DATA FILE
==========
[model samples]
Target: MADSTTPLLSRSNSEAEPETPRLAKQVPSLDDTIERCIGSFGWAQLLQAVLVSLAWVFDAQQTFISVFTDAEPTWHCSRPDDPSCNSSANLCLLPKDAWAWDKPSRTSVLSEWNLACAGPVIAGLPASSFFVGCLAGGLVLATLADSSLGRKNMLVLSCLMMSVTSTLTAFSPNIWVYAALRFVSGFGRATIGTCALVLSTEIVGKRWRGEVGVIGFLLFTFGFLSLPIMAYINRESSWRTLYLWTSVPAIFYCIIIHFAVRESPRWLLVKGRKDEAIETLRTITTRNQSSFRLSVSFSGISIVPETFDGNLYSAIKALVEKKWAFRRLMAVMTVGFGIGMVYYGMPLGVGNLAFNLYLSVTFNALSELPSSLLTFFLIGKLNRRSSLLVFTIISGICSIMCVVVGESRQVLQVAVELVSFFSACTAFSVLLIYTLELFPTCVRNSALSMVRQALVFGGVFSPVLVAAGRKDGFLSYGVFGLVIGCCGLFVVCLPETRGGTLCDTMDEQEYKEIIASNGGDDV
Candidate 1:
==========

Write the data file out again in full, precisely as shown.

[model samples]
Target: MADSTTPLLSRSNSEAEPETPRLAKQVPSLDDTIERCIGSFGWAQLLQAVLVSLAWVFDAQQTFISVFTDAEPTWHCSRPDDPSCNSSANLCLLPKDAWAWDKPSRTSVLSEWNLACAGPVIAGLPASSFFVGCLAGGLVLATLADSSLGRKNMLVLSCLMMSVTSTLTAFSPNIWVYAALRFVSGFGRATIGTCALVLSTEIVGKRWRGEVGVIGFLLFTFGFLSLPIMAYINRESSWRTLYLWTSVPAIFYCIIIHFAVRESPRWLLVKGRKDEAIETLRTITTRNQSSFRLSVSFSGISIVPETFDGNLYSAIKALVEKKWAFRRLMAVMTVGFGIGMVYYGMPLGVGNLAFNLYLSVTFNALSELPSSLLTFFLIGKLNRRSSLLVFTIISGICSIMCVVVGESRQVLQVAVELVSFFSACTAFSVLLIYTLELFPTCVRNSALSMVRQALVFGGVFSPVLVAAGRKDGFLSYGVFGLVIGCCGLFVVCLPETRGGTLCDTMDEQEYKEIIASNGGDDV
Candidate 1: